Dear EarthTalk:We’ve been hearing for years how producing red meat is bad for the environment while consuming it is bad for our health. How do other types of meat, fish, dairy and vegetable proteins stack up in terms of environmental and health impacts? -- Julia Saperstein, via e-mail
"Socially Responsible", its a catchword used by many businesses these days whether they want to promote their environmental friendliness, political awareness or by the way they treat their employees. "We talk to the author of a new book who says there are many issues to consider when deeming a business socially responsible, both for the consumer and for the companies themselves. In some cases, there are uncomfortable tradeoffs, it’s nearly impossible to fulfill every ideal. And then there’s making a profit still a necessity, even if you’re eco-friendly.
How energy efficient is the Granite State? A new reports says not very, at least in terms of our buildings. Three years after Governor Lynch issued a Climate Action Plan, which included a call for more efficient homes and offices, UNH researchers find the state is way behind where it had hoped to be. We're examining what the problems are, as well as the prospects for future improvement.
Dear EarthTalk: I recently saw an article extolling the virtues of natural gas as an abundant, inexpensive and domestically produced automotive fuel. Is this going to be the automotive fuel of the future and how green is it? -- Jason Kincaide, New Bedford, MA
Yesterday, in a 5-4 vote, the U.S. Supreme Court decided to uphold most of President Obama's signature health care law. The decision came with mixed reactions in New Hampshire. Some applauded the ruling while others plotted political revenge. Both Democrats and Republicans have called it a political 'leg up' for their hopes in November, but only time will tell who is right? Today we'll look at this decision, how it will affect Granite Staters and how it may play out politically both nationally and here in New Hampshire.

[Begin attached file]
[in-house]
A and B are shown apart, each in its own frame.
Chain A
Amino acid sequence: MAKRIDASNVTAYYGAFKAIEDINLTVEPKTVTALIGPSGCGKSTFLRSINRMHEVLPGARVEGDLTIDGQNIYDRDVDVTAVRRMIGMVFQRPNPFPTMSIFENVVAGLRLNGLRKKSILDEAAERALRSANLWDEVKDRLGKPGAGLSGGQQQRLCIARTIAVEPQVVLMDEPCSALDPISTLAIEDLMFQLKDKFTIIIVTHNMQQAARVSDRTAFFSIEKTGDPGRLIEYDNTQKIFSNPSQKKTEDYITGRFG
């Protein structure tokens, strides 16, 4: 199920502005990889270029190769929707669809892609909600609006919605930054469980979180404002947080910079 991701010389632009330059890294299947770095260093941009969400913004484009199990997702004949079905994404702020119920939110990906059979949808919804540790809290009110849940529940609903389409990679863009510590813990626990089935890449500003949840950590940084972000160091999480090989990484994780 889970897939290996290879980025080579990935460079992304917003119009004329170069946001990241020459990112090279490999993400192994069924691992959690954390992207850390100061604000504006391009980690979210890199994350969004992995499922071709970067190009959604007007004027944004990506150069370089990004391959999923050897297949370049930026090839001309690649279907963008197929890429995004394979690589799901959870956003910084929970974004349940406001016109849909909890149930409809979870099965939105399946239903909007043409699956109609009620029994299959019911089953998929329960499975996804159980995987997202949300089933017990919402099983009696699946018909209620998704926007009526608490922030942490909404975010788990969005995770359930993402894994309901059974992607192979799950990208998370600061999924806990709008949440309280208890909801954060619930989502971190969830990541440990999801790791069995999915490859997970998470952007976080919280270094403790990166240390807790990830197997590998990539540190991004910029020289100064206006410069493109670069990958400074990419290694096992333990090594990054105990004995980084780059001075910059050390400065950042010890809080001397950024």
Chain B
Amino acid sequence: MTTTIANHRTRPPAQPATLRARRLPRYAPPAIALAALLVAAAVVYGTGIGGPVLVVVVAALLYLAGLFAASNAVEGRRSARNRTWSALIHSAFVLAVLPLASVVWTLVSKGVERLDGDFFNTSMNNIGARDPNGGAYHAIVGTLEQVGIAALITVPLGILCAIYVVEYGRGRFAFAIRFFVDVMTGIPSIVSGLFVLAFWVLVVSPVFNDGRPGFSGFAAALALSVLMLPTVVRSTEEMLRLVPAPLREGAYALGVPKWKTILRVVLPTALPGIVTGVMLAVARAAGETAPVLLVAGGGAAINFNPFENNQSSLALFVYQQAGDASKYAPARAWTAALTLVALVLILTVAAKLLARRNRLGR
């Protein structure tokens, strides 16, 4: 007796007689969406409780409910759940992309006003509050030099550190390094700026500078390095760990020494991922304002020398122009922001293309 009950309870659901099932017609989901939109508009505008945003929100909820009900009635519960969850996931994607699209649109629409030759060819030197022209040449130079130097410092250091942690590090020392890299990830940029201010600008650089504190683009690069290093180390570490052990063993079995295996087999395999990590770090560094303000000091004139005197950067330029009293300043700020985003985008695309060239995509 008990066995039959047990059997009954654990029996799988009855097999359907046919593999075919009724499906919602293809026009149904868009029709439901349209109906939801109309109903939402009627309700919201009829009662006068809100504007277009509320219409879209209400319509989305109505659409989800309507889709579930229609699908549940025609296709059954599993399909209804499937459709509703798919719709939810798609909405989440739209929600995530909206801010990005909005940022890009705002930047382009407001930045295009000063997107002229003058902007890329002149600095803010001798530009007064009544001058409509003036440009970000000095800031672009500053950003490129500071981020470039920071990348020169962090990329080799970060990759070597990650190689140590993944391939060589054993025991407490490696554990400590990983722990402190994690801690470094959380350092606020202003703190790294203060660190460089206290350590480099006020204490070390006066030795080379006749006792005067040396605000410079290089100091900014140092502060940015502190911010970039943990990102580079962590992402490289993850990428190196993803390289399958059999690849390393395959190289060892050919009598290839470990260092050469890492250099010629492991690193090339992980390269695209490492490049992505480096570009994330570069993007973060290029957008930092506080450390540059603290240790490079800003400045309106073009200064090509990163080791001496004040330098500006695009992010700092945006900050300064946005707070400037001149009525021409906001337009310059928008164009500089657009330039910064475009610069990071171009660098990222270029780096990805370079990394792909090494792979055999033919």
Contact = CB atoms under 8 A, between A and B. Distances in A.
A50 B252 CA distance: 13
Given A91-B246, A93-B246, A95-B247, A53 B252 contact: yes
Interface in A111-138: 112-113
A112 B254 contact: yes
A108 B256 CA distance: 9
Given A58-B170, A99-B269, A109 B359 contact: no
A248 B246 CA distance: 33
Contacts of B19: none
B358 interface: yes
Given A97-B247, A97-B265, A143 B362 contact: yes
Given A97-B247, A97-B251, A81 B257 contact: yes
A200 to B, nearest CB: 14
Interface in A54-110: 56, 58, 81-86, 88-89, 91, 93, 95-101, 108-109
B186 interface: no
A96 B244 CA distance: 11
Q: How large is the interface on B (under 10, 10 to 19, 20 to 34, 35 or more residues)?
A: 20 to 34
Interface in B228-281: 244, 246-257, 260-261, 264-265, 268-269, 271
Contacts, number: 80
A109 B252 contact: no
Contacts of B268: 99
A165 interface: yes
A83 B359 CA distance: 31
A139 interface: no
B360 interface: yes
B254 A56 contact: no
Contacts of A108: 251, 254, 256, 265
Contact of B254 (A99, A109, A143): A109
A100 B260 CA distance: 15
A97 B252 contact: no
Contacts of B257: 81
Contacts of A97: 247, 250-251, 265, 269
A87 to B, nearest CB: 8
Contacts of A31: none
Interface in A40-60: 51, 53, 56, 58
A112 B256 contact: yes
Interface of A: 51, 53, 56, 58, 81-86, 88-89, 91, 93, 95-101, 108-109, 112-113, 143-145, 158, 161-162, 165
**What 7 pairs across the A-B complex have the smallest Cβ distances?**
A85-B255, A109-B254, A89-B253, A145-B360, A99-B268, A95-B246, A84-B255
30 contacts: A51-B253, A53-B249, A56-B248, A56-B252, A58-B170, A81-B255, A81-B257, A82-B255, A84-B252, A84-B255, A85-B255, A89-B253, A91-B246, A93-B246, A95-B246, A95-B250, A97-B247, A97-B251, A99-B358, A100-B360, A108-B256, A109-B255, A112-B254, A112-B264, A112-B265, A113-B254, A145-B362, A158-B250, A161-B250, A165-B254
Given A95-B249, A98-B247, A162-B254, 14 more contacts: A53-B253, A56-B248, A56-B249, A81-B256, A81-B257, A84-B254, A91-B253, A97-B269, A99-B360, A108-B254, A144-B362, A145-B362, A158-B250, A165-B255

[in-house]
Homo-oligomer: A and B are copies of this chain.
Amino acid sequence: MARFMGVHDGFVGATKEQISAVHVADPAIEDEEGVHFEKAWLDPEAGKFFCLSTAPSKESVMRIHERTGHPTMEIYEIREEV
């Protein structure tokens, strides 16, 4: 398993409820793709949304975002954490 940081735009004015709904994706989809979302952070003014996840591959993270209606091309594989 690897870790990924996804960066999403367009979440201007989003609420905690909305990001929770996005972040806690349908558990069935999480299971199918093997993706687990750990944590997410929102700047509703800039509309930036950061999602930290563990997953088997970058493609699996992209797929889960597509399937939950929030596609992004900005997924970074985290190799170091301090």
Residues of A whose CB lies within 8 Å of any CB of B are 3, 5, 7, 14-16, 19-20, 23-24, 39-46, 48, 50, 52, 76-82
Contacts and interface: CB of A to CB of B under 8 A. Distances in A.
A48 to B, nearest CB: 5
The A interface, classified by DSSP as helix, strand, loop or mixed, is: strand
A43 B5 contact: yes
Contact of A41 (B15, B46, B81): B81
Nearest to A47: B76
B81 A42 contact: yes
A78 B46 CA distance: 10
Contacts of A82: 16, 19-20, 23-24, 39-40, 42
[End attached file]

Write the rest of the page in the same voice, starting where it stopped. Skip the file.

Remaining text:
Dear EarthTalk: Renewable energy production in the solar and wind markets currently receives about $7 billion in government subsidies annually, but is still not competitive against fossil fuels on a large scale. To what extent should the U.S. continue to prop up these industries as they compete against dirty energy?-- Jack Morgan, Richmond, VA
Dear EarthTalk: How do I learn about what pesticides may be on the food I eat?-- Beatrice Olson, Cleveland, OH
Along with the rise in the popularity of organic food has come an increased awareness about the dangers lurking on so-called “conventionally produced” (that is, with chemical pesticides and fertilizers) foods.
Fifty years ago, Rachel Carson's book, "Silent Spring", woke the world up to the perils of chemicals that promised food crops free of disease and insects, and time outdoors free of mosquitoes. The book is credited with starting the modern environmental movement. It was the birdwatchers that first alerted the scientists about robins literally falling from the sky soon after DDT was sprayed, as well as longer-term declines in birds higher on the food chain.